The ancient roots of the Franklaane family name are in the Anglo-Saxon
culture. The name Franklaane comes from when the family lived at the francland or freeland.
It the surname Franklaane originally derived from the Old French word Francland
which referred to dweller at the freeland.
The surname Franklaane is a topographic
surname, which was given to a person who resided near a physical feature such as a hill, stream, church, or type of tree.
Early Origins of the Franklaane family
The surname Franklaane was first found in Yorkshire
where they held a family seat
from ancient times and were Lords of the manor of Thirkelby in that county.
Early History of the Franklaane family
This web page shows only a small excerpt of our Franklaane research.Another 181 words (13 lines of text) covering the years 1816, 1531, 1587, 1640, 1628, 1629, 1640, 1630, 1698, 1640, 1697, 1671, 1685, 1665 and 1726 are included under the topic Early Franklaane History in all our PDF Extended History products and printed products wherever possible.
Franklaane Spelling Variations
One relatively recent invention that did much to standardize English spelling was the printing press. However, before its invention even the most literate people recorded their names according to sound rather than spelling. The spelling variations
under which the name Franklaane has appeared include Frankland, Franklands, Franckland, Francklands and many more.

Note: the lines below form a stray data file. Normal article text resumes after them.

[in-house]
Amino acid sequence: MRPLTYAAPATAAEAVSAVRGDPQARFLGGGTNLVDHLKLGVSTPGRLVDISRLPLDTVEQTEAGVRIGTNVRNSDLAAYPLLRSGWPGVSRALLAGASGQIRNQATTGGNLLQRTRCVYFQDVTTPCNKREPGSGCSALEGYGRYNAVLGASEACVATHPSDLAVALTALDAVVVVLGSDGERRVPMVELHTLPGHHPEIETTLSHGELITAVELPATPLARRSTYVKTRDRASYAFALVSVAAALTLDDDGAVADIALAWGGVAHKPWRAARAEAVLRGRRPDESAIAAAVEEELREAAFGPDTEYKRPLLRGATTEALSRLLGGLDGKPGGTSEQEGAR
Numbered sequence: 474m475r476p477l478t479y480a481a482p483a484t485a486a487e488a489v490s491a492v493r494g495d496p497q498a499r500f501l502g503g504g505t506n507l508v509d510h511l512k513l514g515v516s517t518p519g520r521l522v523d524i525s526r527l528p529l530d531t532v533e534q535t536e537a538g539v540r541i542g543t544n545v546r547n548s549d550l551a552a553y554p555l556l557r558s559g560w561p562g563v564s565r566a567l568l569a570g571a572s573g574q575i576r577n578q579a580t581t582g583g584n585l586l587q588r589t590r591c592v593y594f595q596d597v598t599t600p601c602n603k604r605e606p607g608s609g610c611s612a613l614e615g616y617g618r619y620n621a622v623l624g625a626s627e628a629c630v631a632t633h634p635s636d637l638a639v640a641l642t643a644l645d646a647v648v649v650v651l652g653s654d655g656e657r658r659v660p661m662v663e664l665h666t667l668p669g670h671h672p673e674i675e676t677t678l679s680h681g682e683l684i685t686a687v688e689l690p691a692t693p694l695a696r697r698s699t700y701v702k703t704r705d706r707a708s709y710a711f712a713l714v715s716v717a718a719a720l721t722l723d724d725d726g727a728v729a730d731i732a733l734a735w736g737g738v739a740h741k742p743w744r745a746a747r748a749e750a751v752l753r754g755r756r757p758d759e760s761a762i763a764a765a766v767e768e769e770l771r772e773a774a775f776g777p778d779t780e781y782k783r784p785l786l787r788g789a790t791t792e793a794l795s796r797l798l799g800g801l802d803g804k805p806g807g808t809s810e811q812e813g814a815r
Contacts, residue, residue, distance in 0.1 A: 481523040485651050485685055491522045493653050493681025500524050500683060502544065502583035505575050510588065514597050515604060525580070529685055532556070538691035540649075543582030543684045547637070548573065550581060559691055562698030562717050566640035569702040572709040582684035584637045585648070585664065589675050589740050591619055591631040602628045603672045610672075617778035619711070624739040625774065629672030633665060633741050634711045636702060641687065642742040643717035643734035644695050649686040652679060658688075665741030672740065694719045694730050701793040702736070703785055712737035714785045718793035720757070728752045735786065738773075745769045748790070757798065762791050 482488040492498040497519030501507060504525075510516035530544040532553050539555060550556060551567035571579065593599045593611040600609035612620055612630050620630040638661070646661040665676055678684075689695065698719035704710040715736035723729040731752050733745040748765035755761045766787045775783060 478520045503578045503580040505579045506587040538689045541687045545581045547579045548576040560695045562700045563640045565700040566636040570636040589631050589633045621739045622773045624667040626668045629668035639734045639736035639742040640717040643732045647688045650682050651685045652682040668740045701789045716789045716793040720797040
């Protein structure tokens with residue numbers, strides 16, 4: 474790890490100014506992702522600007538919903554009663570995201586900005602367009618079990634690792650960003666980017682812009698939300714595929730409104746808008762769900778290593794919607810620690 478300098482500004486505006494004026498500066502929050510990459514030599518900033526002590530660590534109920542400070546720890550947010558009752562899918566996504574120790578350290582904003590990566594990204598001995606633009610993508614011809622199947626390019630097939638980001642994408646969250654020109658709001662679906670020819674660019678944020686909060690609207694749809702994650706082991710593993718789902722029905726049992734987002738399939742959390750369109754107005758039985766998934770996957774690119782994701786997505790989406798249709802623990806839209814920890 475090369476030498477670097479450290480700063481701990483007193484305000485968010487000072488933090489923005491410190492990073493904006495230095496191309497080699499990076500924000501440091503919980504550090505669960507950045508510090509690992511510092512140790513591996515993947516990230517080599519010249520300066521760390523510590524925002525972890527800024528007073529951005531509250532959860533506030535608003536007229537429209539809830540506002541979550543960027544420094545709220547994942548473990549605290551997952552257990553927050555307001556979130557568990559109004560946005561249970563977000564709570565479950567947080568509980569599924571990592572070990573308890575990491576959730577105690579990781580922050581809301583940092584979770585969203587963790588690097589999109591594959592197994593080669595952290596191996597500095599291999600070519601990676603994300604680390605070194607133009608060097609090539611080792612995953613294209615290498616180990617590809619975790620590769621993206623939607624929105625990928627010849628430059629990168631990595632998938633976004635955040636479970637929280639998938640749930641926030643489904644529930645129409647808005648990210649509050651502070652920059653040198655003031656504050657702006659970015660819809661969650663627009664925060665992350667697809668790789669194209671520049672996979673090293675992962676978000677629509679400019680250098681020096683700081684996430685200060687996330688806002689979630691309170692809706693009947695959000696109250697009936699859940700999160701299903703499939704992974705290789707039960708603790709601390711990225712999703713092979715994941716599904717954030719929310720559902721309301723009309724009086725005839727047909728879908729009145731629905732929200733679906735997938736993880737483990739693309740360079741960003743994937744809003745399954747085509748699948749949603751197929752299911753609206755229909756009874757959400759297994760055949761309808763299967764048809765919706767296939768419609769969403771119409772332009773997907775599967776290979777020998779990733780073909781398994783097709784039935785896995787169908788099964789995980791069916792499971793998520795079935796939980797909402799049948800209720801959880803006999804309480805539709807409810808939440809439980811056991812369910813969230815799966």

Early Notables of the Franklaane family (pre 1700)
Distinguished members of the family include Jocosa or Joyce Frankland (1531-1587), an English philanthropist; William Frankland (died 1640), an English politician who sat in the House of Commons from 1628 to 1629 and in 1640; Richard Frankland (1630-1698) was an English nonconformist from Rathmell, a hamlet in... Another 46 words (3 lines of text) are included under the topic Early Franklaane Notables in all our PDF Extended History products and printed products wherever possible.
Migration of the Franklaane family to the New World and Oceana
At this time, the shores of the New World beckoned many English families that felt that the social climate in England
was oppressive and lacked opportunity for change. Thousands left England
at great expense in ships that were overcrowded and full of disease. A great portion of these settlers never survived the journey and even a greater number arrived sick, starving, and without a penny. The survivors, however, were often greeted with greater opportunity than they could have experienced back home. These English settlers made significant contributions to those colonies that would eventually become the United States and Canada. An examination of early immigration records and passenger ship lists revealed that people bearing the name Franklaane arrived in North America very early: Anne Franklaind who settled in Virginia in 1643; John Frankland settled in Virginia in 1700; Mr. Frankland settled in Philadelphia, Pennsylvania in 1775.